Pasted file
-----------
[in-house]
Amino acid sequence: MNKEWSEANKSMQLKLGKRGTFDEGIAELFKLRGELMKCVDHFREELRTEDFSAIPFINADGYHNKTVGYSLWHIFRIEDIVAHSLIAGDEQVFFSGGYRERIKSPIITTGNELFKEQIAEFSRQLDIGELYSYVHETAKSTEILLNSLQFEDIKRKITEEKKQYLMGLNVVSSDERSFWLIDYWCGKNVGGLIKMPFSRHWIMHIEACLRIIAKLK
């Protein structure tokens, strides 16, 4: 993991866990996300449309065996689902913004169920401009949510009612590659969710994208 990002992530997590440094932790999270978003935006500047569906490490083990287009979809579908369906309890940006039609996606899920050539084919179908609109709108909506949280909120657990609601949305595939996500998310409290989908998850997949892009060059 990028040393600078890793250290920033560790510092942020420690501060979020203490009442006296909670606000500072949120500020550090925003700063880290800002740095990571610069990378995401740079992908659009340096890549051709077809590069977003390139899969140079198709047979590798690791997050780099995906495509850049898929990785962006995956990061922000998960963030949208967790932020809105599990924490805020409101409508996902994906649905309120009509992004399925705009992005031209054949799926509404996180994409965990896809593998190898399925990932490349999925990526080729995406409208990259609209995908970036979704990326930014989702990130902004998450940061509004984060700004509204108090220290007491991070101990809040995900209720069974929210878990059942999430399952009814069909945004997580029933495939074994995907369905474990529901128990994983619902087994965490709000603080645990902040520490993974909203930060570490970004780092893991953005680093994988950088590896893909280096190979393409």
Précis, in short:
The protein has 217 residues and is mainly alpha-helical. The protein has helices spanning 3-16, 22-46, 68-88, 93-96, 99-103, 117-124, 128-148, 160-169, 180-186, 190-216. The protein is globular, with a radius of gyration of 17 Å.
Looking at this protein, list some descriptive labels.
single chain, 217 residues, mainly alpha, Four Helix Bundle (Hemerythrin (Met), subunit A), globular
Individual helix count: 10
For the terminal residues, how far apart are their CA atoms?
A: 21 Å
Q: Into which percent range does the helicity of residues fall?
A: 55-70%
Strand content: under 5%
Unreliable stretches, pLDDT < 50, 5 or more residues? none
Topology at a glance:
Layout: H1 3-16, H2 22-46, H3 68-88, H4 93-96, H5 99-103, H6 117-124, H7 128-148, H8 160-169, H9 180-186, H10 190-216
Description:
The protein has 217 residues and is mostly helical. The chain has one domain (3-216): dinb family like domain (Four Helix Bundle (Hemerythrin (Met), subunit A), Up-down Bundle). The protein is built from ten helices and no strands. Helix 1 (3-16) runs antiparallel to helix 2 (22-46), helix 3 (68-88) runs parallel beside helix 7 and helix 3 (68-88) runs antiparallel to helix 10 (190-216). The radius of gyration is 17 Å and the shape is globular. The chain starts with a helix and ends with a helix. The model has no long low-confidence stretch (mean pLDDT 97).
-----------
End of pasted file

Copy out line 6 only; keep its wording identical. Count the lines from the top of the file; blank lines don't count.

Looking at this protein, list some descriptive labels.